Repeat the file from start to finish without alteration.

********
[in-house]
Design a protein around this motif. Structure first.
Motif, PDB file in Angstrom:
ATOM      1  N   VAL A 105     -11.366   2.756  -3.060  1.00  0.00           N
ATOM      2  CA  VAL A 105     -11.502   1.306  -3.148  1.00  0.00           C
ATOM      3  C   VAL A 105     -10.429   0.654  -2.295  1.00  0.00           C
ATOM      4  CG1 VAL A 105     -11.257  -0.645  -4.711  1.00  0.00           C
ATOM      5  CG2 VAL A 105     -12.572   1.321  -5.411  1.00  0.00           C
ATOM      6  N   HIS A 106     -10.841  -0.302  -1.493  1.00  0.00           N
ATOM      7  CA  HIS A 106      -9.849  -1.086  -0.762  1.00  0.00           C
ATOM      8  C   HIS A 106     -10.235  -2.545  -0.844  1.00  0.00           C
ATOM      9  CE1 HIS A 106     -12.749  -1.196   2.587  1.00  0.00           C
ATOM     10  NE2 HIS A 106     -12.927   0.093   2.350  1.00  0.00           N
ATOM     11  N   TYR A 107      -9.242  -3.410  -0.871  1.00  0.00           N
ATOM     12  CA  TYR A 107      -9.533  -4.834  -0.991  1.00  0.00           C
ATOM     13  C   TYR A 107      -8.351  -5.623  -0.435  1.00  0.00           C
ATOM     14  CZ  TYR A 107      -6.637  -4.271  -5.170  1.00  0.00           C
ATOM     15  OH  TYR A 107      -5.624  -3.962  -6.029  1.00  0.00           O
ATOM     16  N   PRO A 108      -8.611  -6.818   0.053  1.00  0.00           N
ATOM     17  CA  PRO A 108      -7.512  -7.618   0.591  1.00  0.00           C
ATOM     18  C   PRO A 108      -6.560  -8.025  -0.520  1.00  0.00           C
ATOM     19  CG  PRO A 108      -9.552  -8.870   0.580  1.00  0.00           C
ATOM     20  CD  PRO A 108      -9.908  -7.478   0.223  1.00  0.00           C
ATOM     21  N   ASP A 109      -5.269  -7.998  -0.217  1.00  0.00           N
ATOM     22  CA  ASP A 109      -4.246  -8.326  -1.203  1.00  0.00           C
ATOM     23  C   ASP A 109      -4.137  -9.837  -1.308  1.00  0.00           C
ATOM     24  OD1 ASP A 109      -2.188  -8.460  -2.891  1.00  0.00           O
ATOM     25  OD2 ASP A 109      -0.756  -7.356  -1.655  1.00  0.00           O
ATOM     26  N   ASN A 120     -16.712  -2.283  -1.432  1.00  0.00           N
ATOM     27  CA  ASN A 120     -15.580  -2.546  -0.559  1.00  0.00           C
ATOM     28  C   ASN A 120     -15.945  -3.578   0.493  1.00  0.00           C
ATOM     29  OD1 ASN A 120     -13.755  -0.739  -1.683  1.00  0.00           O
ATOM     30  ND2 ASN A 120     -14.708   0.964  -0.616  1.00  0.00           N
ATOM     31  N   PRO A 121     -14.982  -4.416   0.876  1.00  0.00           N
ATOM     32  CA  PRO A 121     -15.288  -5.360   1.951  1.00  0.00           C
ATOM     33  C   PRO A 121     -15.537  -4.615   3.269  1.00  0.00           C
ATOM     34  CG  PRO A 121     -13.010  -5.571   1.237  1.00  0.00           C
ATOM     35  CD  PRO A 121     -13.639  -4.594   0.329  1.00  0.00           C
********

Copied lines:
[in-house]
Design a protein around this motif. Structure first.
Motif, PDB file in Angstrom:
ATOM      1  N   VAL A 105     -11.366   2.756  -3.060  1.00  0.00           N
ATOM      2  CA  VAL A 105     -11.502   1.306  -3.148  1.00  0.00           C
ATOM      3  C   VAL A 105     -10.429   0.654  -2.295  1.00  0.00           C
ATOM      4  CG1 VAL A 105     -11.257  -0.645  -4.711  1.00  0.00           C
ATOM      5  CG2 VAL A 105     -12.572   1.321  -5.411  1.00  0.00           C
ATOM      6  N   HIS A 106     -10.841  -0.302  -1.493  1.00  0.00           N
ATOM      7  CA  HIS A 106      -9.849  -1.086  -0.762  1.00  0.00           C
ATOM      8  C   HIS A 106     -10.235  -2.545  -0.844  1.00  0.00           C
ATOM      9  CE1 HIS A 106     -12.749  -1.196   2.587  1.00  0.00           C
ATOM     10  NE2 HIS A 106     -12.927   0.093   2.350  1.00  0.00           N
ATOM     11  N   TYR A 107      -9.242  -3.410  -0.871  1.00  0.00           N
ATOM     12  CA  TYR A 107      -9.533  -4.834  -0.991  1.00  0.00           C
ATOM     13  C   TYR A 107      -8.351  -5.623  -0.435  1.00  0.00           C
ATOM     14  CZ  TYR A 107      -6.637  -4.271  -5.170  1.00  0.00           C
ATOM     15  OH  TYR A 107      -5.624  -3.962  -6.029  1.00  0.00           O
ATOM     16  N   PRO A 108      -8.611  -6.818   0.053  1.00  0.00           N
ATOM     17  CA  PRO A 108      -7.512  -7.618   0.591  1.00  0.00           C
ATOM     18  C   PRO A 108      -6.560  -8.025  -0.520  1.00  0.00           C
ATOM     19  CG  PRO A 108      -9.552  -8.870   0.580  1.00  0.00           C
ATOM     20  CD  PRO A 108      -9.908  -7.478   0.223  1.00  0.00           C
ATOM     21  N   ASP A 109      -5.269  -7.998  -0.217  1.00  0.00           N
ATOM     22  CA  ASP A 109      -4.246  -8.326  -1.203  1.00  0.00           C
ATOM     23  C   ASP A 109      -4.137  -9.837  -1.308  1.00  0.00           C
ATOM     24  OD1 ASP A 109      -2.188  -8.460  -2.891  1.00  0.00           O
ATOM     25  OD2 ASP A 109      -0.756  -7.356  -1.655  1.00  0.00           O
ATOM     26  N   ASN A 120     -16.712  -2.283  -1.432  1.00  0.00           N
ATOM     27  CA  ASN A 120     -15.580  -2.546  -0.559  1.00  0.00           C
ATOM     28  C   ASN A 120     -15.945  -3.578   0.493  1.00  0.00           C
ATOM     29  OD1 ASN A 120     -13.755  -0.739  -1.683  1.00  0.00           O
ATOM     30  ND2 ASN A 120     -14.708   0.964  -0.616  1.00  0.00           N
ATOM     31  N   PRO A 121     -14.982  -4.416   0.876  1.00  0.00           N
ATOM     32  CA  PRO A 121     -15.288  -5.360   1.951  1.00  0.00           C
ATOM     33  C   PRO A 121     -15.537  -4.615   3.269  1.00  0.00           C
ATOM     34  CG  PRO A 121     -13.010  -5.571   1.237  1.00  0.00           C
ATOM     35  CD  PRO A 121     -13.639  -4.594   0.329  1.00  0.00           C